Arthritis & Rheumatism, Volume 62,
November 2010 Abstract Supplement
Abstracts of the American College of
Rheumatology/Association of Rheumatology Health Professionals
Annual Scientific Meeting
Atlanta, Georgia November 6-11, 2010.
Strong Viral Associations among Filipinos with Systemic Lupus Erythematosus.
Vista6, Evan Glenn, Weisman3, Michael H., Ishimori1, Mariko L., Anderson5, Jourdan, Tanangunan8, Robelle, Gal2, Noga, Harley7, John B.
Cedars Sinai Medical Center, Los Angeles, CA
Cedars-Sinai Medical Center, Los Angeles, CA
Oklahoma Med Research Foundation, Oklahoma City, OK
Oklahoma Medical Research Foundation
Oklahoma Medical Research Foundation, Oklahoma City, OK
Univ of OK Hlth Sci Ctr, Oklahoma City, OK
University of Santo Tomas Hospital
Specific environmental determinants could determine development of SLE among susceptible individuals. Among potential viral environmental agents, the ubiquitous Epstein Barr virus (EBV) has been associated with SLE through seroprevalent exposure in pediatric and adult populations, viral DNA association, increased viral loads in the peripheral blood of SLE patients and increased evidence of viral reactivation. SLE patients have also been shown to have abnormal humoral and T cell responses against EBV. Filipinos, compared to other populations, could have potential major differences in terms of genetic risk, environmental exposure and disease causation brought about by their location as an archipelago separated from other Asian nations and a strong history of racial admixture.
Filipinos with written and informed consent belonging to the University of Santo Tomas Hospital lupus cohort and fulfilling the 1997 American College of Rheumatology criteria (ACR) for SLE (233 cases) along with 544 unaffected first degree relatives (FDRs) and 220 unrelated controls were studied. Sera were tested for seroconversion to EBV, Cytomegalovirus (CMV) and Herpes simplex viruses (HSV1 and HSV2) by standardized ELISAs for IgG responses to EBV early antigen (EA), EBV viral capsid antigen (VCA), EBNA1, CMV immediate early antigen, HSV-1 (strain F) and HSV-2 (strain G). Correlation statistics (Fisher's exact test, student's t-test, and one-way ANOVA) were done to determine associations between patients and their controls and FDRs.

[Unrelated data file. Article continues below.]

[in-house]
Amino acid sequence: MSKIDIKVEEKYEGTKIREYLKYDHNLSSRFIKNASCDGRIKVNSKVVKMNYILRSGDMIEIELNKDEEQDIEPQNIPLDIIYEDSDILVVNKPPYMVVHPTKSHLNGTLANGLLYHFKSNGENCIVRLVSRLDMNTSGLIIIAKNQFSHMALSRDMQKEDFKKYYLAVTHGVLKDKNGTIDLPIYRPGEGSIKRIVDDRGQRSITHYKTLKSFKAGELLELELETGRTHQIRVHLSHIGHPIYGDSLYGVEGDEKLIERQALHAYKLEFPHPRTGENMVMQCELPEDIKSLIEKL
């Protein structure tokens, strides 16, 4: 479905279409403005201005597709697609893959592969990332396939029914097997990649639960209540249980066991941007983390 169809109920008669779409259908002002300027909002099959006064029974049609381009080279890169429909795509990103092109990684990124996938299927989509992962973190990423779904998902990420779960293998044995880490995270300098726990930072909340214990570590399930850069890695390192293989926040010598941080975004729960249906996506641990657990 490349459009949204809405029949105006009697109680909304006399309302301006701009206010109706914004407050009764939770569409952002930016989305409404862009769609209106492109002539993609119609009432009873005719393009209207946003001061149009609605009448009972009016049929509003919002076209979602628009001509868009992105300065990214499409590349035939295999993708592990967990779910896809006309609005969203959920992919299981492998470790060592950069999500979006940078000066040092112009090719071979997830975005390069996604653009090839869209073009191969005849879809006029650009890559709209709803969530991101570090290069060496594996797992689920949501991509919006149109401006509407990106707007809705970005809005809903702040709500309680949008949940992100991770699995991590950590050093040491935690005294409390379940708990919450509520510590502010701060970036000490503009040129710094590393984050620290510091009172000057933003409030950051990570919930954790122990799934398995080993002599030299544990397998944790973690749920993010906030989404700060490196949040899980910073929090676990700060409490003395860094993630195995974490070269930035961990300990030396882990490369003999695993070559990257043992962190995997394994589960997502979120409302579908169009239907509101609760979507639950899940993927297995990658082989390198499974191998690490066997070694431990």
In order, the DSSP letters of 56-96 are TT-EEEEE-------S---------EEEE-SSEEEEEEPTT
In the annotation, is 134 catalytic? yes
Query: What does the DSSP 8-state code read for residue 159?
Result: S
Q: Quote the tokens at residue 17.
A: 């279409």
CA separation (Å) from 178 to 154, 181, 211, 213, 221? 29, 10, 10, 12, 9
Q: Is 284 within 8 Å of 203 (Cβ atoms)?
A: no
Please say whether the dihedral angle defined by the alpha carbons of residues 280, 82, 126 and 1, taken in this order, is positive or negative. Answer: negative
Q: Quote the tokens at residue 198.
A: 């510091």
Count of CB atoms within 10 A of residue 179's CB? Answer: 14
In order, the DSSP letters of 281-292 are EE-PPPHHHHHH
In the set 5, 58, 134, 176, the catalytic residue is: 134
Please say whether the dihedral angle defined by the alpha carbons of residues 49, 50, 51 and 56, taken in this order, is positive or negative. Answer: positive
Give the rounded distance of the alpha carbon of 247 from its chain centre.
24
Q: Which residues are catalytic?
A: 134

Filipino patients have significantly higher seroconversion for EBV EA (92.3%), EBV VCA (99.6%), CMV (94.4%), HSV1 (87.5%) and HSV2 (79.4%). Seroconversion against EBV-EA (a measure of reactivation) was dramatically higher in SLE patients compared to controls (92.3% vs 40.4%; OR=17.6, p <0.0001) or compared to FDRs (92.3% vs 49.4%; OR=12.2, p< 0.0001). For VCA, the cases have higher seroconversion than controls (OR 7.62, p 0.03). The cases have higher seroconversion for CMV than controls (OR 4.85, p<0.0001). Higher seroconversion for HSV1 was also seen for cases than controls (OR 7.2, P< 0.0001). Lastly, the cases have higher seroconversion for HSV2 compared among controls (OR 7.9, p <0.0001) and FDRs (OR 2.17, p <0.0001). Significantly higher antibody titers were seen for all viruses among the cases compared to controls and FDRs (p <0.0001).
This study shows strong viral associations among Filipinos with SLE by the significantly higher seroconversion for EBV-EA, EBV-VCA, CMV, HSV1 and 2. Exposure to these environmental determinants could predispose Filipinos with high susceptibility in developing clinical disease.
To cite this abstract, please use the following information:
Vista, Evan Glenn, Weisman, Michael H., Ishimori, Mariko L., Anderson, Jourdan, Tanangunan, Robelle, Gal, Noga, et al; Strong Viral Associations among Filipinos with Systemic Lupus Erythematosus. [abstract]. Arthritis Rheum 2010;62 Suppl 10 :1197